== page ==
Thursday, February 9, 2017
RAINBOW by Merit Gogo-Opene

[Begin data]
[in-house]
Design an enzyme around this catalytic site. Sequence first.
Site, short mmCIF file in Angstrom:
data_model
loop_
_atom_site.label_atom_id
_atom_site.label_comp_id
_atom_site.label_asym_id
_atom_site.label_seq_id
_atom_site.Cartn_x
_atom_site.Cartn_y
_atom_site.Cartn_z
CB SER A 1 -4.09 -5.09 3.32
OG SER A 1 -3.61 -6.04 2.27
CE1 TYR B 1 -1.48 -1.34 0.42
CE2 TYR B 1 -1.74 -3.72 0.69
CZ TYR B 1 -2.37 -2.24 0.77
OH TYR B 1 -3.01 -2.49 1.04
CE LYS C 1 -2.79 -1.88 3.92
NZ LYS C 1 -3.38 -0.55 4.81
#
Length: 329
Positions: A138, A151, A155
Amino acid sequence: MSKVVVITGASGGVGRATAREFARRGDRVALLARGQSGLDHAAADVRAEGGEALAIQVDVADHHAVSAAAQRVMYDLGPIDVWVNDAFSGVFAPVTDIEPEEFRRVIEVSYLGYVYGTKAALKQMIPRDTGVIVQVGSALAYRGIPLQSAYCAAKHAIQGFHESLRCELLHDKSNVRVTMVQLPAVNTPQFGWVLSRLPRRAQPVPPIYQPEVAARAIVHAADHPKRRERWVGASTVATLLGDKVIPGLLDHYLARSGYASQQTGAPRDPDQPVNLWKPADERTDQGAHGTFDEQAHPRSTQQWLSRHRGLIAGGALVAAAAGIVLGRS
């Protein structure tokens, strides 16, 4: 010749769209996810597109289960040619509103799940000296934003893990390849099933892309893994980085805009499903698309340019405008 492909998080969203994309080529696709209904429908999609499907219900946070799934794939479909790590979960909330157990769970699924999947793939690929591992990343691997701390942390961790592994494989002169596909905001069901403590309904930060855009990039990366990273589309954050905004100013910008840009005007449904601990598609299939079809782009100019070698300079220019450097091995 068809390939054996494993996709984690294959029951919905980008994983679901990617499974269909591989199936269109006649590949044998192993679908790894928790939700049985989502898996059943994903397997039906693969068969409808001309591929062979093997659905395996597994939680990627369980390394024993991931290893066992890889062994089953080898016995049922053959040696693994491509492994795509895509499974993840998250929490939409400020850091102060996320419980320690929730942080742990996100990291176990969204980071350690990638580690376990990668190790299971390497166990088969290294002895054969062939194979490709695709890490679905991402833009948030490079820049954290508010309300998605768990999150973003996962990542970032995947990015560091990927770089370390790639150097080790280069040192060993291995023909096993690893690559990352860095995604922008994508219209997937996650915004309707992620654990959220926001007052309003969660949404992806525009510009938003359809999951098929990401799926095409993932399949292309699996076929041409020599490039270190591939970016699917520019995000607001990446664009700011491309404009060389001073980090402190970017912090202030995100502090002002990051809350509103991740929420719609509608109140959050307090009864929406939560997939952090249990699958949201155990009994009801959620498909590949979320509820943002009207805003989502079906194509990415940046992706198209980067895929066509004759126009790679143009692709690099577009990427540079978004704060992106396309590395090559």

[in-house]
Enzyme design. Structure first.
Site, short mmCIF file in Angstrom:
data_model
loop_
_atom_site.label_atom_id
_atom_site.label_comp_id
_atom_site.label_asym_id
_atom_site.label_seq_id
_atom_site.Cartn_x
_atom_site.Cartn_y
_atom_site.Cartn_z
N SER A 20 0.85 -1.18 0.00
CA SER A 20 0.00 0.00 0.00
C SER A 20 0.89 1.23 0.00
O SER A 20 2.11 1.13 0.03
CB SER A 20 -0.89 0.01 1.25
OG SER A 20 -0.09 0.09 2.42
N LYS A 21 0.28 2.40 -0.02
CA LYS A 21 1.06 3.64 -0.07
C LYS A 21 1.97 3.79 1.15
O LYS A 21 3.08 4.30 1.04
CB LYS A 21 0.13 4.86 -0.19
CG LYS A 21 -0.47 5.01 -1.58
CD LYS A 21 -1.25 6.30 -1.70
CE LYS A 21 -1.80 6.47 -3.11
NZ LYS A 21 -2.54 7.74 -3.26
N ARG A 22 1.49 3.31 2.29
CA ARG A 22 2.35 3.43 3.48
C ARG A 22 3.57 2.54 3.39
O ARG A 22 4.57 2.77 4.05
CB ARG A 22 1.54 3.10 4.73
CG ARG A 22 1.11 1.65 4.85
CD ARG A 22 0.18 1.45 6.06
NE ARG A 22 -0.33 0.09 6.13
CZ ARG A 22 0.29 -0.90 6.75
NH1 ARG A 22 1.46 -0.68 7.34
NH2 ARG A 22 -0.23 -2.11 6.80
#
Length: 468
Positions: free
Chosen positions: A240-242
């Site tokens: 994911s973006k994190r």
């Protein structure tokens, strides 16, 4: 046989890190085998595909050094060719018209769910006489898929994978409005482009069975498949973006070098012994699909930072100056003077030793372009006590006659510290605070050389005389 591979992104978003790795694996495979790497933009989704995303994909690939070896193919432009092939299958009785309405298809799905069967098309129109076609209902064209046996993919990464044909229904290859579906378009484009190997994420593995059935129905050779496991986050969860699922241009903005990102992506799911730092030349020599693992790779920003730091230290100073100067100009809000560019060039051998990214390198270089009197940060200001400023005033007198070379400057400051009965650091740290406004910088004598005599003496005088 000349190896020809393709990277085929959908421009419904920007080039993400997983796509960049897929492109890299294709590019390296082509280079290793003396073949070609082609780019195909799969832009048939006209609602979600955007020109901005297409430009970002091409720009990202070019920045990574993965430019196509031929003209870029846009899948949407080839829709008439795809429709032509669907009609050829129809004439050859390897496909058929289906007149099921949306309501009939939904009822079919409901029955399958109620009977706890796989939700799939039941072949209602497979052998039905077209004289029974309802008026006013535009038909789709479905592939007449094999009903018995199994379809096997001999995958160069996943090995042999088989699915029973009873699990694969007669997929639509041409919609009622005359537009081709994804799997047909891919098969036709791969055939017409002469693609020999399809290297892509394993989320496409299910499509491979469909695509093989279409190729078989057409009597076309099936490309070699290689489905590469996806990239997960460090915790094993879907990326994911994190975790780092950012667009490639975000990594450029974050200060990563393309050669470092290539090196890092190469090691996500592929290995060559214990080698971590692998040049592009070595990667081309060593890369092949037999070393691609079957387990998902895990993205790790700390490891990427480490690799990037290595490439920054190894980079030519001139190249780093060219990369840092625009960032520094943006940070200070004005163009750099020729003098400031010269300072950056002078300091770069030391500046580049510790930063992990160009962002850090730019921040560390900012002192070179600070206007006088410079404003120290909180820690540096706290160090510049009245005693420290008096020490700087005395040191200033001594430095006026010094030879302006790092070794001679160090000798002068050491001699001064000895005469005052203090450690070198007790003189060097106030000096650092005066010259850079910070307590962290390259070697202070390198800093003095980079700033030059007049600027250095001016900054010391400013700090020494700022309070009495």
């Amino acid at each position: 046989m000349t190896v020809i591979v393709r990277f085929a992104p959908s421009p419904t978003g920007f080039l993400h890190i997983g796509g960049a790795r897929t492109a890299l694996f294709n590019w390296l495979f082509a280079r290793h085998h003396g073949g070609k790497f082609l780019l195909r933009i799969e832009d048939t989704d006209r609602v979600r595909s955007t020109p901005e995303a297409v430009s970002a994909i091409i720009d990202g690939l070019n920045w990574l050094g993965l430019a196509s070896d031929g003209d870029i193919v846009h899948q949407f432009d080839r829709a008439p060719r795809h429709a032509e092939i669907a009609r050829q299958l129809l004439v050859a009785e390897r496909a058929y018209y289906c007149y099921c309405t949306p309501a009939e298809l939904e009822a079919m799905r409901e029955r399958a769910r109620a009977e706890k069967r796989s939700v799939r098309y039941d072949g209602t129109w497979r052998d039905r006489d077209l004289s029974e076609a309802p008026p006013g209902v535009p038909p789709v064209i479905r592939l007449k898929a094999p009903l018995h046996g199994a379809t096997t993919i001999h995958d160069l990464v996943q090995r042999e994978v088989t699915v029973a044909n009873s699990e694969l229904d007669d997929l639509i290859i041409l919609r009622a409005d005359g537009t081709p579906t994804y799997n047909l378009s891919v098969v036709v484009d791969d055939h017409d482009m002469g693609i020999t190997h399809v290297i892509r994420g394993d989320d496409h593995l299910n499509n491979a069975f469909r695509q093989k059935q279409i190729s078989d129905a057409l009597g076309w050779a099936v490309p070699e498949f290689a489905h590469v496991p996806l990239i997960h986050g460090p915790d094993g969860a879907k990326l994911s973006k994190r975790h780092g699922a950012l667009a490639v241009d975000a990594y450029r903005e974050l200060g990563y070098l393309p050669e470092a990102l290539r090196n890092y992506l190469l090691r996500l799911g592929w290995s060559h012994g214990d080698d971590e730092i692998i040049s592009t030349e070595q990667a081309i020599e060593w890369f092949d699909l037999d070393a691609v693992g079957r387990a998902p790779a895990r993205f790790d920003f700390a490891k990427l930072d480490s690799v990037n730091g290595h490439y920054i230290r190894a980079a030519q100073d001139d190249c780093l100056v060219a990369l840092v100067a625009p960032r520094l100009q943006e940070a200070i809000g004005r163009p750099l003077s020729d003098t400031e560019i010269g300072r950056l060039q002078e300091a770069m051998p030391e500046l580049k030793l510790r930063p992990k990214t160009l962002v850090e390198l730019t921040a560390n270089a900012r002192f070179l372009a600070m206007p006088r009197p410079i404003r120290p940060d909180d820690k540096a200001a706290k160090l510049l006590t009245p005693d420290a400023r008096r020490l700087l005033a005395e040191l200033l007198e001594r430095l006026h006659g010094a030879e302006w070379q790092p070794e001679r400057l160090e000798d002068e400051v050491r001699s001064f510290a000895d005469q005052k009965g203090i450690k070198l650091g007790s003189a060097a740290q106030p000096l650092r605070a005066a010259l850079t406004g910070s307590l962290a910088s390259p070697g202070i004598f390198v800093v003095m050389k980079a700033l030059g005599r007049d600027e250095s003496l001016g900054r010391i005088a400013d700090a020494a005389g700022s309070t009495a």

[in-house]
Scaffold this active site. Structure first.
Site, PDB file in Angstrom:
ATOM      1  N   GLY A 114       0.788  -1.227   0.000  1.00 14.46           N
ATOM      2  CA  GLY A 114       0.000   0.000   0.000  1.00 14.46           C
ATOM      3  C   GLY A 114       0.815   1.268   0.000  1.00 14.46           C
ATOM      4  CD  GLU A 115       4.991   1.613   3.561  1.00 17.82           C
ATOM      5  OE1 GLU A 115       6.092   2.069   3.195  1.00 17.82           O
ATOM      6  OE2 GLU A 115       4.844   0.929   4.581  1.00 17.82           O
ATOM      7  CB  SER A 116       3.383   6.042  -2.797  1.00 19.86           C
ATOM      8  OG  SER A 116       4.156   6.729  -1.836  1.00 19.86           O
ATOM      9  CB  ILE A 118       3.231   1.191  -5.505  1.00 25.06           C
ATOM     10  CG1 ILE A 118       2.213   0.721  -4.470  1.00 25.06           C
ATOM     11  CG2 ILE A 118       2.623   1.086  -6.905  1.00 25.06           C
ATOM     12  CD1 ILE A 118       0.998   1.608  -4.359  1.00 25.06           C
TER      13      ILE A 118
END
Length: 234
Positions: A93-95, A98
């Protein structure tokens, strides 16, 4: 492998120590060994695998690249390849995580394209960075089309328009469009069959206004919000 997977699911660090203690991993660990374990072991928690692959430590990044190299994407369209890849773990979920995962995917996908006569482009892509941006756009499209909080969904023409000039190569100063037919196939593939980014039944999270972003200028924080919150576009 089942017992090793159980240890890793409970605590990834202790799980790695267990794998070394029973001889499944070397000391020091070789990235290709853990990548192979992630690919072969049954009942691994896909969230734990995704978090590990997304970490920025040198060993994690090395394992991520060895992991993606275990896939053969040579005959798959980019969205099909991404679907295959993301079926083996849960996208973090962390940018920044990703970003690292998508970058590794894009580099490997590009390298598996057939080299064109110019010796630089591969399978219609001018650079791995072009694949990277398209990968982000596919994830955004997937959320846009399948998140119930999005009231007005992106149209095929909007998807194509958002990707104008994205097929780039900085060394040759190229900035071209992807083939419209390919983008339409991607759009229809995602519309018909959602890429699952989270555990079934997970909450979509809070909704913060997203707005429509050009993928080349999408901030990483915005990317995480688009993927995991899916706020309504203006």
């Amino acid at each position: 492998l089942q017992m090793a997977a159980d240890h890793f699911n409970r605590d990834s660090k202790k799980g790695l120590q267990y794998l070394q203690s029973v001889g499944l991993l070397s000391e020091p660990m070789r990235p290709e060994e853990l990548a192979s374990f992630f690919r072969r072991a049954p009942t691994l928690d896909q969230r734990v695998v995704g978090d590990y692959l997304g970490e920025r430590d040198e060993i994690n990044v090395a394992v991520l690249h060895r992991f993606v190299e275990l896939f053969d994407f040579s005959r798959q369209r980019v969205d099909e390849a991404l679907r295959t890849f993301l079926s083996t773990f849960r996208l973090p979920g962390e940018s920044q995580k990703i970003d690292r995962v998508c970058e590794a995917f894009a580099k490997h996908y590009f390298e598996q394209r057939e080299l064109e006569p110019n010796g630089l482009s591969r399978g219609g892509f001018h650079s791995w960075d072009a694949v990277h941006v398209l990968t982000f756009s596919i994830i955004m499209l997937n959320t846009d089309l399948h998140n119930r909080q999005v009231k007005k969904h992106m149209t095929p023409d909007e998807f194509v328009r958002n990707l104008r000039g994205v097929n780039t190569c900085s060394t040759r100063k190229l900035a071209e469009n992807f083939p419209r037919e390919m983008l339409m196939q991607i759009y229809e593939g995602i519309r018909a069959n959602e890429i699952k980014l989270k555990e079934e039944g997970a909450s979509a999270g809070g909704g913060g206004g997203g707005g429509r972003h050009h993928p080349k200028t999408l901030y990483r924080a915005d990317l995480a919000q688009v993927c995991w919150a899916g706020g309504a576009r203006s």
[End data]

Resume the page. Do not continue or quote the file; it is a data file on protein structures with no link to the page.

Some days were better than the others. Some blossomed with hope even of the little we owned. Some were just as calm and non-spectacular like the long days without electricity here in Rainbow. If we had electricity how could we even know? our bulbs had not been replaced for as long as I can remember. Rainbow! I lived here with my siblings born of different fathers by Mama. "Go slow dey da side.” The good ones would announce breaking our long chains that left us chasing after customers. Kai!I have seen sege on the streets of Port Harcourt. I had started hawking apples when it was as low as eighteen naira then Mama had not had my three younger siblings who completed the unintentional football team housed in our home at Rainbow. To call that place a home... the most dignifying title I would ever know. For the rest of the world anyone born out of our appalling settlement was a never do well. In disgust, I watched passersby hold on to their bags whenever I walked with my older brother Soba as if he was going to steal from them. The circumstances of our birth had not defined our living patterns or corrupted our choices but who would believe that with Soba’s overgrown hair and beards? Yet there must be one thing that created this divide which made these fortunate beings in fine cars think that I, Queen a twenty- two year old apple hawker could steal from them as well. Sometimes they dragged the apples and threw their money at me as the traffic lights turned green. Poverty is a bad thing. I hawked the different locations Aba road, Air force junction I sold there and I dreamed there. If we did not sell above a thousand five hundred naira daily we had no edible entitlements. Soba hawked boiled groundnuts and he was occasionally unlucky. After gathering the amount Mama had ordered us to bring home each day, I swapped trays with Soba as the male folk were quicker to buy from women especially as I was light complexioned and well curved. Mama had taught me the ways of men yet I refused to earn by her trade for there could be some other way. I set out very early and I could tell the time by some of the car owners who frequently plied my route. It was midafternoon when I turned around and could not find Soba. I scouted his possible spots vainly then I relaxed. After all he was a grown man and if he did not know better than waste his chance at supper. I touched the cars I hoped I would ride in someday I took note of how long I would wear my hair and how I would possess my steering with my left hand too and those wardens and school security officers who chase us will respect me and flash toothy smiles when I ride in my own car. I walked back to rainbow. “Queen ehhhhh Soba don hammer” “wetin…” “I say our brother don make am abi you be learner?” I was too tired to get into the details of his story. I dropped my tray half filled with apples and began to scoop rain water from the big drum outside our batcher as Gozie paced the compound in his sagged brown trouser. He kept talking about a game Soba had predicted and had won a whooping sum which was too good to be true. “We dey leave rainbow, una go go skul” That was how Mama had concluded the meeting after Soba had told us how he had made over a million naira from a sports game or whatever it was. I could go to a supermart and buy icecream without Mama bringing from her man friends, when Soba took us around in his car I felt like those women I wanted to become only that I did not drive with my left hands. I wore fancy clothes to the university as I hoped these days I prayed for not to end, I knew that I wanted something more than this was it my overly big dreams that Mama said were bigger than me or could people have these days and yet want something else to complete them?